Curse of the Crying Woman, The (1963)

Author: Brett Gallman
Submitted by: Brett Gallman   Date : 2019-04-18 20:05
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Written by: Rafael Baledón, Fernando Galiana
Directed by: Rafael Baledón
Starring: Rosita Arenas, Abel Salazar, and Rita Macedo

Reviewed by: Brett Gallman







“I've heard stories about this forest..."


In the annals of genre cinema, I’m not sure we talk enough about Abel Salazar. A true renaissance man of Mexican cinema, he wore many hats as an actor, director, writer, and producer, and it was in that latter capacity that he would usher in a golden age of genre film for his home country. An obvious—if not admittedly reductive—comparison might put him in the company of legendary exploitation Roger Corman, who infamously became synonymous with low-budget wizardry that often saw him recycling actors, crews, and even entire sets to stretch every single dollar at his disposal.

Right around the same time, Salazar was adopting a similar approach south of the border, often working alongside writer/director Rafael Baledón to craft low-budget riffs on familiar folklore and popular cinematic trends. One such outing found the duo exploiting one of their homeland’s most prevailing legends in La maldición de la Llorona (aka Curse of the Crying Woman) and crossbreeding it with Mario Bava’s Black Sunday, an inspired take that yielded one of this era’s most indelible and underappreciated efforts.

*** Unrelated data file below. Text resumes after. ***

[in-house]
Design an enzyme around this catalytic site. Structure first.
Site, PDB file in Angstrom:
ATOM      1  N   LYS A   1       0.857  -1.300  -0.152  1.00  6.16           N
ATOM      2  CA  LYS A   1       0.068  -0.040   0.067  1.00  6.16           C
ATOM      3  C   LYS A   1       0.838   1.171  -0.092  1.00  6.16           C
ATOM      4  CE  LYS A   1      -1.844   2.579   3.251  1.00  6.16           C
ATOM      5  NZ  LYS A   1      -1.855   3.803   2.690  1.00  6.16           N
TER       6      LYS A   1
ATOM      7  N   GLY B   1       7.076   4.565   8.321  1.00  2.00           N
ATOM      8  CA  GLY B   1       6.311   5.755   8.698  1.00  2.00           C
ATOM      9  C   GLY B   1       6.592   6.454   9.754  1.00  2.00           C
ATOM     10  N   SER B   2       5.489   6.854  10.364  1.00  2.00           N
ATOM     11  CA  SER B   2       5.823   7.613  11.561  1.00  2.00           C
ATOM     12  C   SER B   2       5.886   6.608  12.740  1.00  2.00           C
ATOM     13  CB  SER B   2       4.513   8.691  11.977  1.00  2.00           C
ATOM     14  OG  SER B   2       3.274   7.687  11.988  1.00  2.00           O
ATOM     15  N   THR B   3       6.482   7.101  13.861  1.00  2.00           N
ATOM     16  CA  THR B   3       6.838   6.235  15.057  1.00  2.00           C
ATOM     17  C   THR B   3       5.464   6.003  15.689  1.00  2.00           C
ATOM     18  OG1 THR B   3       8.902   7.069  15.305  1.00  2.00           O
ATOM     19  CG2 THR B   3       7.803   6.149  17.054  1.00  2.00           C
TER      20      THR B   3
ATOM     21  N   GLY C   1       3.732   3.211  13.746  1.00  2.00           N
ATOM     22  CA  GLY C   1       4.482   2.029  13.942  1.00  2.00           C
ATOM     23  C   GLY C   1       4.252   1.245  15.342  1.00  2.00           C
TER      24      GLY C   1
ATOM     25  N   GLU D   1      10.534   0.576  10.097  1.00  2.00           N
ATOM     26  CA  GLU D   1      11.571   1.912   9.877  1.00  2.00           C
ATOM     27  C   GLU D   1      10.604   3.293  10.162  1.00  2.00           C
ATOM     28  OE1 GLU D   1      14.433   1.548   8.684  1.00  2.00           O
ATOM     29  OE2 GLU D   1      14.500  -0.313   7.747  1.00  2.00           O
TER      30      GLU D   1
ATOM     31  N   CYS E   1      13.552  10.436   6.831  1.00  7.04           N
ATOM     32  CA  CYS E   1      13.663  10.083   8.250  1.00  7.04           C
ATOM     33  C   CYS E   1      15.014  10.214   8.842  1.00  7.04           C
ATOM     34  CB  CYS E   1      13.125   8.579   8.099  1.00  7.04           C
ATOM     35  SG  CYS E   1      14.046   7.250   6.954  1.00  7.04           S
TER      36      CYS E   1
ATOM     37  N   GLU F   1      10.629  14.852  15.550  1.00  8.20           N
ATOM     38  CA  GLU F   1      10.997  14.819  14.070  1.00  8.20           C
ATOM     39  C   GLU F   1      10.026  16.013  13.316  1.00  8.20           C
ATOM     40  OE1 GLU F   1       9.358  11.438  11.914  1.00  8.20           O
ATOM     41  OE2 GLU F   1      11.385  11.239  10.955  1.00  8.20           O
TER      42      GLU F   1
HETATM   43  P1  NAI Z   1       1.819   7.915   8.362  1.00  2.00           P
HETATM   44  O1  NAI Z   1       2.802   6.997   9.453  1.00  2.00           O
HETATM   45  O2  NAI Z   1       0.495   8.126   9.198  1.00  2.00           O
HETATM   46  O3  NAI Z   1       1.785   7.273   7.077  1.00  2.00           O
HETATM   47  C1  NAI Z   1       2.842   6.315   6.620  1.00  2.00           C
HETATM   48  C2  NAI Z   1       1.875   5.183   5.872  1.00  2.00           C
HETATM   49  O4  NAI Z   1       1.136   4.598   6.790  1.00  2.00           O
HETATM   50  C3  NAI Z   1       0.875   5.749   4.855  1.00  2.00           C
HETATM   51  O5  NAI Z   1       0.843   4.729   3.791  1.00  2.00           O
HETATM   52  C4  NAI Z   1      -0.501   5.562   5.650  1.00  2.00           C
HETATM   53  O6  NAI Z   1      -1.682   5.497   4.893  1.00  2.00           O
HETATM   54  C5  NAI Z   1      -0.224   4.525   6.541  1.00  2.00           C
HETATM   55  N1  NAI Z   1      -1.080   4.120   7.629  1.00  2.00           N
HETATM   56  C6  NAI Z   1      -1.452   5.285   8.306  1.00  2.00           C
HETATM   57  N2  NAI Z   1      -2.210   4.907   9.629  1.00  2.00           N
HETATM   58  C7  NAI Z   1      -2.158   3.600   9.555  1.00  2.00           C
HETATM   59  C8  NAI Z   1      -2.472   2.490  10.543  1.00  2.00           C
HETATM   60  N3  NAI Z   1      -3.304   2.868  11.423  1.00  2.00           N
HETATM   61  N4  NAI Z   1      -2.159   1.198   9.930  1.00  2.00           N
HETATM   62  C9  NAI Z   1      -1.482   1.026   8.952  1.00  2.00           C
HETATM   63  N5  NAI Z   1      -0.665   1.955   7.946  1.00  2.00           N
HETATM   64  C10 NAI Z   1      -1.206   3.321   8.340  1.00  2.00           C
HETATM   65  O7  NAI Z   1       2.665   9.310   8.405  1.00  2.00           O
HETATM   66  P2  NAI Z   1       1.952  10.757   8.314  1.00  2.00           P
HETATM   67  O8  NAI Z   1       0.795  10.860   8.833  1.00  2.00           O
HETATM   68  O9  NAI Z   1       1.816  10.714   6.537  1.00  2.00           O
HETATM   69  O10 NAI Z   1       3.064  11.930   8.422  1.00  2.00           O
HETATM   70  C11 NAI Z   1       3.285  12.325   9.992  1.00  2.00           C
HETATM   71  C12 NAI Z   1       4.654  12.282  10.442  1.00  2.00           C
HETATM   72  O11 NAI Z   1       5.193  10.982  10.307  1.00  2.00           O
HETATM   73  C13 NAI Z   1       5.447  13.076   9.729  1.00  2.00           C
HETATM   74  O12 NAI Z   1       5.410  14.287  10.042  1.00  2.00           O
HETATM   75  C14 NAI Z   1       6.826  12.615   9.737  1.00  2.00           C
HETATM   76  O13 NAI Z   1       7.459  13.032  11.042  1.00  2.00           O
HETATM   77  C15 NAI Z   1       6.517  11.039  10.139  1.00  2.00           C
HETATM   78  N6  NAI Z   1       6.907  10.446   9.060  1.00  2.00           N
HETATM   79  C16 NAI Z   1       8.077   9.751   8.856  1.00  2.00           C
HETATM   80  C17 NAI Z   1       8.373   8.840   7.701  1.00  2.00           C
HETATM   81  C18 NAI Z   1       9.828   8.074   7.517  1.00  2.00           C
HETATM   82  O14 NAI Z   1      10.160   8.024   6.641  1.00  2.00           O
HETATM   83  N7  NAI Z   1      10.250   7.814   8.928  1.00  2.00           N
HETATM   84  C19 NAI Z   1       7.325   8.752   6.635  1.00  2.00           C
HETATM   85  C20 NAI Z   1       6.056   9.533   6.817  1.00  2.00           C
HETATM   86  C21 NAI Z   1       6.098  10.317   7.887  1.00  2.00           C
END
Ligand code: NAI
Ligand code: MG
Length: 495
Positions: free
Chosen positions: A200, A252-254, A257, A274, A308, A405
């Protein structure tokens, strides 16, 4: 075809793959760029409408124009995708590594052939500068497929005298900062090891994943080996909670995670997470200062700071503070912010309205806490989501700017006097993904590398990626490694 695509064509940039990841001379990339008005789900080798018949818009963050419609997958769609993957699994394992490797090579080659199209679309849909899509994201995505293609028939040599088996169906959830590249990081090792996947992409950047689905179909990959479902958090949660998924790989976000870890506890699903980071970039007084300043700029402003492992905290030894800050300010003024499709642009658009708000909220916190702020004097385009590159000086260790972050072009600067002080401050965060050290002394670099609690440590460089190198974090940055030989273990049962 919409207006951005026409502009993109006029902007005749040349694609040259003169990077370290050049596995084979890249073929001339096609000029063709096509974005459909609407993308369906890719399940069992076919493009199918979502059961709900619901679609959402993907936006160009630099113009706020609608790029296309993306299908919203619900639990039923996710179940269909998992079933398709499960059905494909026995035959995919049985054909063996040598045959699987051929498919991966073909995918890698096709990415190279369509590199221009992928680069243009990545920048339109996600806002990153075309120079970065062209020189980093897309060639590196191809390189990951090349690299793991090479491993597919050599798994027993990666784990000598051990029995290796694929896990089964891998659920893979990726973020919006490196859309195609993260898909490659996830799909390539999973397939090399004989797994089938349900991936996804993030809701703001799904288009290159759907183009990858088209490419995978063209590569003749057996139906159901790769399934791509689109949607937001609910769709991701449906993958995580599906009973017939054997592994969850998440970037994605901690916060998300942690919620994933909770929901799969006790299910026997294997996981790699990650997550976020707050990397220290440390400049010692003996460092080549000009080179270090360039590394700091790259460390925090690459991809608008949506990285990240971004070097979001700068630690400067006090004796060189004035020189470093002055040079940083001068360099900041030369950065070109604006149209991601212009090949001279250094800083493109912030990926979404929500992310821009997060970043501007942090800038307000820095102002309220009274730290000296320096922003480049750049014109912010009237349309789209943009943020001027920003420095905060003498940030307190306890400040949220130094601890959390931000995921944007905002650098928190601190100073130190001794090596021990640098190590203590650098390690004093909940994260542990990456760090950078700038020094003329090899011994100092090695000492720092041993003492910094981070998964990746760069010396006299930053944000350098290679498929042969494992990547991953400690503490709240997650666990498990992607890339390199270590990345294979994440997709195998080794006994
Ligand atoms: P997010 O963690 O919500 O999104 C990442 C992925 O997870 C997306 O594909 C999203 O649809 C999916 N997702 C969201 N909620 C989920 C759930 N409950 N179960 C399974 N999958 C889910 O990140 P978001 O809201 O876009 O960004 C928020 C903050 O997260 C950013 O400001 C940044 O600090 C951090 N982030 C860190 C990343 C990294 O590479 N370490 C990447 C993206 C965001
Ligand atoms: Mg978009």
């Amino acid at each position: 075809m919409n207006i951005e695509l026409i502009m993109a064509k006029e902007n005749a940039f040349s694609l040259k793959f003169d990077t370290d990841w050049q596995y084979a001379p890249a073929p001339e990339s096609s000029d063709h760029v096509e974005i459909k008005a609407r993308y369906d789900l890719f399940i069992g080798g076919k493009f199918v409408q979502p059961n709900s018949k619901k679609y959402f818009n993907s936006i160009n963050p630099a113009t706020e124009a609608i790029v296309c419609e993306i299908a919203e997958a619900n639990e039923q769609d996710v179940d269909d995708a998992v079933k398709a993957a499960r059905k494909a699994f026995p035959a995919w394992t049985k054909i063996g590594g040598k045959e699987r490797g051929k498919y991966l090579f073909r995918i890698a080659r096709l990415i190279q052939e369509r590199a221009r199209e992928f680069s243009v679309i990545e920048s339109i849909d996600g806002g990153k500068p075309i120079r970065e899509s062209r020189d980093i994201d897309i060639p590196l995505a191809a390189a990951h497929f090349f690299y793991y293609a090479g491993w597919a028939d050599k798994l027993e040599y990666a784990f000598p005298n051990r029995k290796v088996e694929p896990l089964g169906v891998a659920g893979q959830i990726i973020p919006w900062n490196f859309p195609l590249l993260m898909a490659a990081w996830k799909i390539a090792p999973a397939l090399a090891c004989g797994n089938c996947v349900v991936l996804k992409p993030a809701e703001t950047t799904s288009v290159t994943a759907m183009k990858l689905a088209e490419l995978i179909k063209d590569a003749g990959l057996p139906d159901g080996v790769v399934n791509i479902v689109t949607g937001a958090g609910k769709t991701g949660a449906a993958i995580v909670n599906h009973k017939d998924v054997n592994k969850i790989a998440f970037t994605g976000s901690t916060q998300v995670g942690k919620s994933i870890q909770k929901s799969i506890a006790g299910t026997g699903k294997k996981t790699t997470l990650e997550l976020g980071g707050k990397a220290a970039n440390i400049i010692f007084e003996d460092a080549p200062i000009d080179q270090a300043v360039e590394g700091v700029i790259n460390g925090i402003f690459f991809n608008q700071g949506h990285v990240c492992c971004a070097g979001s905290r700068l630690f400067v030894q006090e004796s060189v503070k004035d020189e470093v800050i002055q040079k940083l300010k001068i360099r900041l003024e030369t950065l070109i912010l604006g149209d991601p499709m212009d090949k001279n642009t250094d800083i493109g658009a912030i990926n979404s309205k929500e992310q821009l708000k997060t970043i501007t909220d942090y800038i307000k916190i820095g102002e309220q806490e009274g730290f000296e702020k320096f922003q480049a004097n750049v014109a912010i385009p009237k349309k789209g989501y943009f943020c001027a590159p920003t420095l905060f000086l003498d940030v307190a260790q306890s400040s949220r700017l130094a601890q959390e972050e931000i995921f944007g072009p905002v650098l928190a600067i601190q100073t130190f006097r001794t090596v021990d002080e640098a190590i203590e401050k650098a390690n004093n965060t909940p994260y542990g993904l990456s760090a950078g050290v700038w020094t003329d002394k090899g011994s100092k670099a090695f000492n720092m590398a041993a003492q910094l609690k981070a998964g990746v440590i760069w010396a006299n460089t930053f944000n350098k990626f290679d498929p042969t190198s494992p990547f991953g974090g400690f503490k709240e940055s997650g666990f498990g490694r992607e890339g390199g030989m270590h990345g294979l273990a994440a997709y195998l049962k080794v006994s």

Its debt to both Bava’s film and vintage gothic horror is immediately evident, as a prologue finds a carriage of travelers plodding through a mist-shrouded forest, disregarding the warnings of the spooked locals. A mysterious, dark-haired, vacant-eyed woman (Rita Macedo) flanked by a trio of hellhounds emerges from the haze, commanding a disfigured lackey (Carlos López Moctezuma) to lay waste to these interlopers. In the distance, a wolf howls, providing the perfect gothic grace note as the opening credits unfold. We soon learn that this woman only moonlights as an apparent witch; by day, she is merely Selma, a lonely widow who has recently summoned her niece, Amelia (Rosita Arenas), to her decrepit mansion. As she approaches her 25th birthday, Amelia is due to collect her inheritance, which quickly proves to be much more than she bargained for when Aunt Selma reveals the truth about their family’s sordid history with the occult. When Amelia arrives with a newly-married husband (Salazar) at her side, it’s a surprise to her aunt—but it’s nothing compared to what Selma has waiting for her.